Join Maxim Jago for an in-depth discussion in this video Edit faster with phantom marks, part of Media Composer 8.7 Essential Training: 110.
- [Instructor] Phantom Marks are another fantastic time saving feature in Media Composer, that a lot of new editors never discover because it's been around for such a long time, and they don't really advertise it that much and you have to enable the option in the settings. So let me share this with you. It's a massive feature in my opinion. So down here on the timeline, I've got a clip I want to replace. And I'm going to mark the clip. I've just got my V1 and Audio one tracks turned on, and by-the-by, I'm in a sequence called Phantom Marks Complete.
There's a Phantom Marks sequence you've been working with if you're following along with these assets. So I'm going to click Mark Clip, and now I've got In and Out Marks around this clip. And I know from looking at the composer window that the distance between those two marks is 47 seconds, and seven frames. So I want to take 47 seconds and seven frames of this clip 4B take two in my player monitor. Of course I can perform an edit right now if I want to, and I'll get from this frame, let's take a more interesting looking frame, there we go.
I can go from here, and Media Composer will take whatever it needs from the source clip to fill this gap. So it can form whatever I edit, there it is, and I can now see that clip in place. I'm just going to undo. I'm pressing Control + Z or Command + Z there. Wouldn't it be useful, if I could know in advance, how much of this clip I'm going to take, before I perform the edit? To get a sense of how much other media I have available.
Well it turns out that I can do this, if I enable Phantom Marks. I'm going to go to my project window, and I'm going to go into the composer settings. And here they are. Phantom Marks. So I'm going to turn this option on, and click OK. And immediately, you can see the difference. Although I never added an In or an Out Mark to my clip, in this player monitor source monitor, they've been added anyway. Notice that these are a pale blue color.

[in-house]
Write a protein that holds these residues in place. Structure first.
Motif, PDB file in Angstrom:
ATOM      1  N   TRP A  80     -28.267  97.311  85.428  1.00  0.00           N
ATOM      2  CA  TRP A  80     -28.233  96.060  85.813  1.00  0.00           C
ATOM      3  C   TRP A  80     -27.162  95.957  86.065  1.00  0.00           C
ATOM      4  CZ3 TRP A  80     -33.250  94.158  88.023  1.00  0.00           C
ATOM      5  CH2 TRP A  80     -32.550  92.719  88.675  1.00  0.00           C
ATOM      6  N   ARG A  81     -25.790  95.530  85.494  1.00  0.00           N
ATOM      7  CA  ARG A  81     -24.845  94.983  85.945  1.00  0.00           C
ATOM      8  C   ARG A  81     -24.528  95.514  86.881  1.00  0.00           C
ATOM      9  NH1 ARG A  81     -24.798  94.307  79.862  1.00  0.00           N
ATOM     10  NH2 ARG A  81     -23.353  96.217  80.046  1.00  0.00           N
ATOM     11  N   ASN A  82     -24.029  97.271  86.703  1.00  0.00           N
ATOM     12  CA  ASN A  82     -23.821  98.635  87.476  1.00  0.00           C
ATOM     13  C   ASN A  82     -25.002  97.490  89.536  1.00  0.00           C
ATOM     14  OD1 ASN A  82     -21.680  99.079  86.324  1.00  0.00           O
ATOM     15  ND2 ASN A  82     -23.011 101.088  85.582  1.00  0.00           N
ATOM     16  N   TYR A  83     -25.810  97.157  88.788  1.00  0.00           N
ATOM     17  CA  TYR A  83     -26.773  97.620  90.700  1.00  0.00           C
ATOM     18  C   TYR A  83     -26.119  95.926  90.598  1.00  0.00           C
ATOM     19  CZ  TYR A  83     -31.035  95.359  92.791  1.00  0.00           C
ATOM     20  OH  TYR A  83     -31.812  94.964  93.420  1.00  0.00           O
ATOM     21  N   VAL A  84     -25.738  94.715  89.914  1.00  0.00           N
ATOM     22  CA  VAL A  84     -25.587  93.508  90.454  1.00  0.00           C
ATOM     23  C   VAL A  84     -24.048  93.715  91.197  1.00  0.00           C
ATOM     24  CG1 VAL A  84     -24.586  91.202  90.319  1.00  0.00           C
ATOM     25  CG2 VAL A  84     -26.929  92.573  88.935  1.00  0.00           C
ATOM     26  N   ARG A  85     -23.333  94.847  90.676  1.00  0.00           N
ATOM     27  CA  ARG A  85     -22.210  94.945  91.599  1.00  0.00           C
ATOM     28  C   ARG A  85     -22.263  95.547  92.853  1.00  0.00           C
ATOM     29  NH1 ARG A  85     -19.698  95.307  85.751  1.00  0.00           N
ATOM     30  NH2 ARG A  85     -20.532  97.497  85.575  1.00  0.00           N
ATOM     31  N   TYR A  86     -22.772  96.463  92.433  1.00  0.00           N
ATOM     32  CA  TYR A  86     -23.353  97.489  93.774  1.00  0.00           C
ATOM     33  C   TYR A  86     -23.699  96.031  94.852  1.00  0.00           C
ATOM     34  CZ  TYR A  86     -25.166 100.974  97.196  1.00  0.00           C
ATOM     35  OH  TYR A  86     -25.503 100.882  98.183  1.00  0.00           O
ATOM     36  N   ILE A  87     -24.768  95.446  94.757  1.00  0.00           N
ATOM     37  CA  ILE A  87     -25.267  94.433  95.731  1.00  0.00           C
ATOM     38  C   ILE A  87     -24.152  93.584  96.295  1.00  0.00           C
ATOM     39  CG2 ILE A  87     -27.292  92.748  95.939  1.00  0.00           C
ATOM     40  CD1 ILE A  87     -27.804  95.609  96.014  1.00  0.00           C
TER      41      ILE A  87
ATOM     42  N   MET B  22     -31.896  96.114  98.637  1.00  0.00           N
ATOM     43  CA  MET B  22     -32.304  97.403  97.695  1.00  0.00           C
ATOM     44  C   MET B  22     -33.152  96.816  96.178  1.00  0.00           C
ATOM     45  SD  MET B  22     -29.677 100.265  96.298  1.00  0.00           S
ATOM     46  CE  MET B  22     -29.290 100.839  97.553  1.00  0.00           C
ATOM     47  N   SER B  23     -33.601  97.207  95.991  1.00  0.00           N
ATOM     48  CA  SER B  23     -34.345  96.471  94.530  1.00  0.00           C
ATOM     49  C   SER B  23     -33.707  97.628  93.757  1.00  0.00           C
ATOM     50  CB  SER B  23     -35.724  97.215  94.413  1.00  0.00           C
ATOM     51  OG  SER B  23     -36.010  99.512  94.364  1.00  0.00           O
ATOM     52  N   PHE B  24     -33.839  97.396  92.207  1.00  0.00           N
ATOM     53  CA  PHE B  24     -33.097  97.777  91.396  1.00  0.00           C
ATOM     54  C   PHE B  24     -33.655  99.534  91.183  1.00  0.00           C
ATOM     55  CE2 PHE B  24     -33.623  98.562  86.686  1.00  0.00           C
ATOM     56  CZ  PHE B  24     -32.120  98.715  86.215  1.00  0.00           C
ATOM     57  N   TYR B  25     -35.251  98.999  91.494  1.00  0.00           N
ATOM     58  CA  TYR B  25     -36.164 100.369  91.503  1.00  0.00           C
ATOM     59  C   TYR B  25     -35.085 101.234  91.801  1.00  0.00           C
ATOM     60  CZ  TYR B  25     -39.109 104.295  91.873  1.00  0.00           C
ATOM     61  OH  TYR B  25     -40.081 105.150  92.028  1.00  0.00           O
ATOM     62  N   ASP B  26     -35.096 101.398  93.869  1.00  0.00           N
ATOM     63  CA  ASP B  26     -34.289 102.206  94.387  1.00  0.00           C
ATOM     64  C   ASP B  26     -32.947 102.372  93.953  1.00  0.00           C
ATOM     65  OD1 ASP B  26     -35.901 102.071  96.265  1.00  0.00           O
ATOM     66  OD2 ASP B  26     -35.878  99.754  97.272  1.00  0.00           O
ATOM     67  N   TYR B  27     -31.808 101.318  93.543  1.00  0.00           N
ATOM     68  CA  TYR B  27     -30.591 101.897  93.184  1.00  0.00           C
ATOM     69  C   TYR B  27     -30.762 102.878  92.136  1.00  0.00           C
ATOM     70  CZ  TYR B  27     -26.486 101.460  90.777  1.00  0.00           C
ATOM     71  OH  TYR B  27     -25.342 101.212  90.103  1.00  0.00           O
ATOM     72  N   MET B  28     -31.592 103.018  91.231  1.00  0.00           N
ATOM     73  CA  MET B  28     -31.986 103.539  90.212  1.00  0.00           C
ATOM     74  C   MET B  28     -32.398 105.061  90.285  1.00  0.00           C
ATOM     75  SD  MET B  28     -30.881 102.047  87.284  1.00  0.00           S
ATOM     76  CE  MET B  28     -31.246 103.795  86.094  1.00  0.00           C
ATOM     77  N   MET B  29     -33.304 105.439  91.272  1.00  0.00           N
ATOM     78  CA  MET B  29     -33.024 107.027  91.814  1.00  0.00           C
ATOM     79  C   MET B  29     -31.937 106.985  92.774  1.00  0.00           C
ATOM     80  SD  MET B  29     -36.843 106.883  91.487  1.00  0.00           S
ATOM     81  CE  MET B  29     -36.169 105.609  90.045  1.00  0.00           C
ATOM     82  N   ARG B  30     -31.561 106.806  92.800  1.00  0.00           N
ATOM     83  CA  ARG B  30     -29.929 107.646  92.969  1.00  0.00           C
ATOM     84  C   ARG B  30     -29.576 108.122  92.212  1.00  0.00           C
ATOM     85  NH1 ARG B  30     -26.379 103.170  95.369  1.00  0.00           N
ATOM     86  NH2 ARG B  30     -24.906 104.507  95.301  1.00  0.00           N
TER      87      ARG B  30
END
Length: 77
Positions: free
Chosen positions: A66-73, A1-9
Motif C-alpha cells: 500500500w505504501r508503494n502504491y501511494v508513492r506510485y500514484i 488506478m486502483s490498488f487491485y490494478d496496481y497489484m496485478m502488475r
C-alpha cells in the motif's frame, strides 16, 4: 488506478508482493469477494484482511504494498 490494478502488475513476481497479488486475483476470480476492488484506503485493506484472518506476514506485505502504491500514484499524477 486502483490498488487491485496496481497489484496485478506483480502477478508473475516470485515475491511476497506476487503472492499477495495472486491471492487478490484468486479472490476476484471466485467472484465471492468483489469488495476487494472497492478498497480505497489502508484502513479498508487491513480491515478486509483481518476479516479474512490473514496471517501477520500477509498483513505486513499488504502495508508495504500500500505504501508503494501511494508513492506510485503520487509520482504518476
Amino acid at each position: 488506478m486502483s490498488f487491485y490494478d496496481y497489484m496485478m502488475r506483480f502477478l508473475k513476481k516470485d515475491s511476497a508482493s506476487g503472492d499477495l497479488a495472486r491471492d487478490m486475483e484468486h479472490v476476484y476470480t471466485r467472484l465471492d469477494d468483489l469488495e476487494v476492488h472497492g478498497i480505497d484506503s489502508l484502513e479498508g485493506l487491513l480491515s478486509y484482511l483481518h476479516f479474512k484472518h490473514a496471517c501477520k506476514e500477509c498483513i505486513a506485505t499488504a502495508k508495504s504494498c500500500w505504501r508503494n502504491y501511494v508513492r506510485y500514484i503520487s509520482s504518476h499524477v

Whereas the marks I have added are a solid black. The In Mark is there because, by default, if you don't add an In Mark, Media Composer treats your playhead as an In Mark. The Out Mark is set based on the duration on the timeline. I now know, how much of this clip is available. I can click and drag and identify a section I want. If I do add an In Mark to this clip, which I'm going to do now, course I can move my playhead separately.
And this allows me to track through the clip and work out whether I'm happy or not with that Out point. Remember you only need three marks to make an edit. So I'm going to remove both the marks from this clip. I'm going to go somewhere around here, and I'm going to add an Out Mark only. Now, Media Composer is synchronizing the Out Marks between the source clip and the timeline, and it's back tracking or back filling to take the content from earlier in the clip.
Again, I can use the Phantom Marks to get a clear indication of which part of the clip I'm going to use. So I perform my edit, and there's my content. This works the other way around as well. So I'm going to add an In Mark to my clip around about here I think. So I've got 42 seconds and three frames. And on the timeline, I'm going to position my playhead, I'm going to hold the control + key on Windows, the command key on Mac OS to Snap to the beginning of this clip. And now, here are those Phantom Marks in my program monitor or record monitor.
So if I just click to make that monitor active, and add an In Mark by pressing the I key, I can now scroll along, and have a look at where this clip is going to finish. So, I'm going to perform an Overwrite edit, and there's my new clip. I'm going to turn off Phantom Marks for now before the rest of the lessons that we'll be going through here. I'm going to go back into my composer settings and turn off and click OK, but I encourage you to check them out.
While I'm cutting with other editing systems, it's one of those features that I really, really miss.
- Importing and transcoding media
- Creating a group clip
- Syncing picture and sound clips
- Making quick edits such as stringouts
- Recutting a scene
- Creating subsequences
- Pacing a scene with Media Composer's trim tools
- Mixing sequence audio
- Working with high-res media
- Retiming video
- Nesting effects
- Keying video
- Animating titles and graphics